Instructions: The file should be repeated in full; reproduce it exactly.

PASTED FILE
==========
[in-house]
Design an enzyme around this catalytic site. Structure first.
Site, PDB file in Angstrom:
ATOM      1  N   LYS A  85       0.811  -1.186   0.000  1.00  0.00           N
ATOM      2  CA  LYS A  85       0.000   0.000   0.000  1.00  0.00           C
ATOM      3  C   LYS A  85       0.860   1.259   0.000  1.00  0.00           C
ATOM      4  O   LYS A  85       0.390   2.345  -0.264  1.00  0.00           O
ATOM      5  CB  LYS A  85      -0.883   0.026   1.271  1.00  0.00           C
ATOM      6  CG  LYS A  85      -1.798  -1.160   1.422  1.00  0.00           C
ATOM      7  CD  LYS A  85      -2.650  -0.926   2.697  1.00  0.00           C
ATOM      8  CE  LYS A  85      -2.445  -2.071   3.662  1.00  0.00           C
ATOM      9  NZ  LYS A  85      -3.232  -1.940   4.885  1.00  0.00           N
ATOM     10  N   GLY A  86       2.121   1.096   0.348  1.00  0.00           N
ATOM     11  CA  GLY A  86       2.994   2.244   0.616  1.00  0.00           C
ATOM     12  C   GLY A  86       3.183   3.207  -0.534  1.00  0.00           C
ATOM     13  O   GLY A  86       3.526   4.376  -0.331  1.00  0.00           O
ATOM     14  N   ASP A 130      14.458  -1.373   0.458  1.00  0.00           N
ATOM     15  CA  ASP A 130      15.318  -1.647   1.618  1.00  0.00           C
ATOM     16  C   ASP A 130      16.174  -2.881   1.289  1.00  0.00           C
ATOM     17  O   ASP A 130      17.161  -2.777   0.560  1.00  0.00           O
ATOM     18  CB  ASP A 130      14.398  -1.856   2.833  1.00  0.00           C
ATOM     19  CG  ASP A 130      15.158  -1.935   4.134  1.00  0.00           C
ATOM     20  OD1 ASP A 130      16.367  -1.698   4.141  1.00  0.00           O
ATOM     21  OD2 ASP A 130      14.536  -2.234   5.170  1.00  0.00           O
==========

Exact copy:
[in-house]
Design an enzyme around this catalytic site. Structure first.
Site, PDB file in Angstrom:
ATOM      1  N   LYS A  85       0.811  -1.186   0.000  1.00  0.00           N
ATOM      2  CA  LYS A  85       0.000   0.000   0.000  1.00  0.00           C
ATOM      3  C   LYS A  85       0.860   1.259   0.000  1.00  0.00           C
ATOM      4  O   LYS A  85       0.390   2.345  -0.264  1.00  0.00           O
ATOM      5  CB  LYS A  85      -0.883   0.026   1.271  1.00  0.00           C
ATOM      6  CG  LYS A  85      -1.798  -1.160   1.422  1.00  0.00           C
ATOM      7  CD  LYS A  85      -2.650  -0.926   2.697  1.00  0.00           C
ATOM      8  CE  LYS A  85      -2.445  -2.071   3.662  1.00  0.00           C
ATOM      9  NZ  LYS A  85      -3.232  -1.940   4.885  1.00  0.00           N
ATOM     10  N   GLY A  86       2.121   1.096   0.348  1.00  0.00           N
ATOM     11  CA  GLY A  86       2.994   2.244   0.616  1.00  0.00           C
ATOM     12  C   GLY A  86       3.183   3.207  -0.534  1.00  0.00           C
ATOM     13  O   GLY A  86       3.526   4.376  -0.331  1.00  0.00           O
ATOM     14  N   ASP A 130      14.458  -1.373   0.458  1.00  0.00           N
ATOM     15  CA  ASP A 130      15.318  -1.647   1.618  1.00  0.00           C
ATOM     16  C   ASP A 130      16.174  -2.881   1.289  1.00  0.00           C
ATOM     17  O   ASP A 130      17.161  -2.777   0.560  1.00  0.00           O
ATOM     18  CB  ASP A 130      14.398  -1.856   2.833  1.00  0.00           C
ATOM     19  CG  ASP A 130      15.158  -1.935   4.134  1.00  0.00           C
ATOM     20  OD1 ASP A 130      16.367  -1.698   4.141  1.00  0.00           O
ATOM     21  OD2 ASP A 130      14.536  -2.234   5.170  1.00  0.00           O